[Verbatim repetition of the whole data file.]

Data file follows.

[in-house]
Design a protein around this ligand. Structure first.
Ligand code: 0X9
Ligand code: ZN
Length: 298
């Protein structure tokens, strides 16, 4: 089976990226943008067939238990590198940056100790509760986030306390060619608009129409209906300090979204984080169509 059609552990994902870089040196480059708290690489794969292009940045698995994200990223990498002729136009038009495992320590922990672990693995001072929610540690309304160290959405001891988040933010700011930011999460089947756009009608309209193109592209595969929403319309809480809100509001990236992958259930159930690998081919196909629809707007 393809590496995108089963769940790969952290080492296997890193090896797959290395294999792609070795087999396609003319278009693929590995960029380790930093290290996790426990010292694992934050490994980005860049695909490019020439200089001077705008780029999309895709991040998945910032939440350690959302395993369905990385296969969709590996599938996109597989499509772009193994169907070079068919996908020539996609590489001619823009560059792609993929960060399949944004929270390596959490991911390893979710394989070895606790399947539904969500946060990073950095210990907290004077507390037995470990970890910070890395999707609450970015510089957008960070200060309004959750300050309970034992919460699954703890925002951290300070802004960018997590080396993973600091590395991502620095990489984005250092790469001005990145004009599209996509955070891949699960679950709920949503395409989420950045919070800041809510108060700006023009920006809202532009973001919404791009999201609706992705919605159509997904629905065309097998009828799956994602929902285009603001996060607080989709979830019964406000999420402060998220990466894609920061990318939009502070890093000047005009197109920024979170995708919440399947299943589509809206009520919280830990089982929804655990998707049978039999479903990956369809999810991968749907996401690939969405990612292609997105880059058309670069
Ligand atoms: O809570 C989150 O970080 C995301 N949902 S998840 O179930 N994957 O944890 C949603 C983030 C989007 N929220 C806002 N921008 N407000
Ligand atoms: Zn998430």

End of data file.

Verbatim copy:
[in-house]
Design a protein around this ligand. Structure first.
Ligand code: 0X9
Ligand code: ZN
Length: 298
């Protein structure tokens, strides 16, 4: 089976990226943008067939238990590198940056100790509760986030306390060619608009129409209906300090979204984080169509 059609552990994902870089040196480059708290690489794969292009940045698995994200990223990498002729136009038009495992320590922990672990693995001072929610540690309304160290959405001891988040933010700011930011999460089947756009009608309209193109592209595969929403319309809480809100509001990236992958259930159930690998081919196909629809707007 393809590496995108089963769940790969952290080492296997890193090896797959290395294999792609070795087999396609003319278009693929590995960029380790930093290290996790426990010292694992934050490994980005860049695909490019020439200089001077705008780029999309895709991040998945910032939440350690959302395993369905990385296969969709590996599938996109597989499509772009193994169907070079068919996908020539996609590489001619823009560059792609993929960060399949944004929270390596959490991911390893979710394989070895606790399947539904969500946060990073950095210990907290004077507390037995470990970890910070890395999707609450970015510089957008960070200060309004959750300050309970034992919460699954703890925002951290300070802004960018997590080396993973600091590395991502620095990489984005250092790469001005990145004009599209996509955070891949699960679950709920949503395409989420950045919070800041809510108060700006023009920006809202532009973001919404791009999201609706992705919605159509997904629905065309097998009828799956994602929902285009603001996060607080989709979830019964406000999420402060998220990466894609920061990318939009502070890093000047005009197109920024979170995708919440399947299943589509809206009520919280830990089982929804655990998707049978039999479903990956369809999810991968749907996401690939969405990612292609997105880059058309670069
Ligand atoms: O809570 C989150 O970080 C995301 N949902 S998840 O179930 N994957 O944890 C949603 C983030 C989007 N929220 C806002 N921008 N407000
Ligand atoms: Zn998430």